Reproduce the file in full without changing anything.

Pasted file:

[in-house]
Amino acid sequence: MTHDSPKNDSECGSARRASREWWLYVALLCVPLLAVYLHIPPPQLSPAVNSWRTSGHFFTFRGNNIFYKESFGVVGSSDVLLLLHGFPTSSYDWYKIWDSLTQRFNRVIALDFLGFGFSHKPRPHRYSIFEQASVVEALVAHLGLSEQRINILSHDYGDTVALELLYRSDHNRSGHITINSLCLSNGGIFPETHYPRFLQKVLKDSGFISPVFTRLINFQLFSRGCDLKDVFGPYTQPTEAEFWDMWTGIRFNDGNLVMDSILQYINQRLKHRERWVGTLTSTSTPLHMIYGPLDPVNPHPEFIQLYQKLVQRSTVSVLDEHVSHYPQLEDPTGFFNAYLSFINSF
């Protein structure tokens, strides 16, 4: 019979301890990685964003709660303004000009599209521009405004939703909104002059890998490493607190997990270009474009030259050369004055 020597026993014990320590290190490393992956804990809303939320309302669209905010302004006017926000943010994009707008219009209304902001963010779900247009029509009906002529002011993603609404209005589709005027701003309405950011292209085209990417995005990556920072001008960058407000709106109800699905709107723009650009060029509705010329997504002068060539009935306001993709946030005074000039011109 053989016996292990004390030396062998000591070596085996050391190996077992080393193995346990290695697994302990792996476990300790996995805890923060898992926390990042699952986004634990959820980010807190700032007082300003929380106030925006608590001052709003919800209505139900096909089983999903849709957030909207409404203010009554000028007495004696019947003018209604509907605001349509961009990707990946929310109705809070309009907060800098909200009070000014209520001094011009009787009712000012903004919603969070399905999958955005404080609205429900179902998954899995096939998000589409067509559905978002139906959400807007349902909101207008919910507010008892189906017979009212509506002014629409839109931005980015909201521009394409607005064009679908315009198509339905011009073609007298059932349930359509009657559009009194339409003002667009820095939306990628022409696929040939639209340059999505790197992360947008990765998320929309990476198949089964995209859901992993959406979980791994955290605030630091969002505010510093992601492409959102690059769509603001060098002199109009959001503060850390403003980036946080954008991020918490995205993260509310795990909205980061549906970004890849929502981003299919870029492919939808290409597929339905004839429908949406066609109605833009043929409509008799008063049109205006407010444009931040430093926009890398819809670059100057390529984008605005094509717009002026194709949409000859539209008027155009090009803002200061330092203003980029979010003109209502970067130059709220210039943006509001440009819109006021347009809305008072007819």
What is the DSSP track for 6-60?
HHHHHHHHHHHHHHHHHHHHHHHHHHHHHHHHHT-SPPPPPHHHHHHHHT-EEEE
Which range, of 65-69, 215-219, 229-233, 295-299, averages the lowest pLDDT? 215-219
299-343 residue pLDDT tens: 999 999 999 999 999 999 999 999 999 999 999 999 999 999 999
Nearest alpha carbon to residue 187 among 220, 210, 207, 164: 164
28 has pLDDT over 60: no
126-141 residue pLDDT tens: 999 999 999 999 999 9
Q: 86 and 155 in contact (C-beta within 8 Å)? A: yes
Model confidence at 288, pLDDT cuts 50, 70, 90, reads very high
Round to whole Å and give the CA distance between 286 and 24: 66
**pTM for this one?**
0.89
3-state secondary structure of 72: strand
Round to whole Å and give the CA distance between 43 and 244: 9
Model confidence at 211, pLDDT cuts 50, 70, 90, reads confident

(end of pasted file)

[in-house]
Amino acid sequence: MTHDSPKNDSECGSARRASREWWLYVALLCVPLLAVYLHIPPPQLSPAVNSWRTSGHFFTFRGNNIFYKESFGVVGSSDVLLLLHGFPTSSYDWYKIWDSLTQRFNRVIALDFLGFGFSHKPRPHRYSIFEQASVVEALVAHLGLSEQRINILSHDYGDTVALELLYRSDHNRSGHITINSLCLSNGGIFPETHYPRFLQKVLKDSGFISPVFTRLINFQLFSRGCDLKDVFGPYTQPTEAEFWDMWTGIRFNDGNLVMDSILQYINQRLKHRERWVGTLTSTSTPLHMIYGPLDPVNPHPEFIQLYQKLVQRSTVSVLDEHVSHYPQLEDPTGFFNAYLSFINSF
């Protein structure tokens, strides 16, 4: 019979301890990685964003709660303004000009599209521009405004939703909104002059890998490493607190997990270009474009030259050369004055 020597026993014990320590290190490393992956804990809303939320309302669209905010302004006017926000943010994009707008219009209304902001963010779900247009029509009906002529002011993603609404209005589709005027701003309405950011292209085209990417995005990556920072001008960058407000709106109800699905709107723009650009060029509705010329997504002068060539009935306001993709946030005074000039011109 053989016996292990004390030396062998000591070596085996050391190996077992080393193995346990290695697994302990792996476990300790996995805890923060898992926390990042699952986004634990959820980010807190700032007082300003929380106030925006608590001052709003919800209505139900096909089983999903849709957030909207409404203010009554000028007495004696019947003018209604509907605001349509961009990707990946929310109705809070309009907060800098909200009070000014209520001094011009009787009712000012903004919603969070399905999958955005404080609205429900179902998954899995096939998000589409067509559905978002139906959400807007349902909101207008919910507010008892189906017979009212509506002014629409839109931005980015909201521009394409607005064009679908315009198509339905011009073609007298059932349930359509009657559009009194339409003002667009820095939306990628022409696929040939639209340059999505790197992360947008990765998320929309990476198949089964995209859901992993959406979980791994955290605030630091969002505010510093992601492409959102690059769509603001060098002199109009959001503060850390403003980036946080954008991020918490995205993260509310795990909205980061549906970004890849929502981003299919870029492919939808290409597929339905004839429908949406066609109605833009043929409509008799008063049109205006407010444009931040430093926009890398819809670059100057390529984008605005094509717009002026194709949409000859539209008027155009090009803002200061330092203003980029979010003109209502970067130059709220210039943006509001440009819109006021347009809305008072007819």
What is the DSSP track for 6-60?
HHHHHHHHHHHHHHHHHHHHHHHHHHHHHHHHHT-SPPPPPHHHHHHHHT-EEEE
Which range, of 65-69, 215-219, 229-233, 295-299, averages the lowest pLDDT? 215-219
299-343 residue pLDDT tens: 999 999 999 999 999 999 999 999 999 999 999 999 999 999 999
Nearest alpha carbon to residue 187 among 220, 210, 207, 164: 164
28 has pLDDT over 60: no
126-141 residue pLDDT tens: 999 999 999 999 999 9
Q: 86 and 155 in contact (C-beta within 8 Å)? A: yes
Model confidence at 288, pLDDT cuts 50, 70, 90, reads very high
Round to whole Å and give the CA distance between 286 and 24: 66
**pTM for this one?**
0.89
3-state secondary structure of 72: strand
Round to whole Å and give the CA distance between 43 and 244: 9
Model confidence at 211, pLDDT cuts 50, 70, 90, reads confident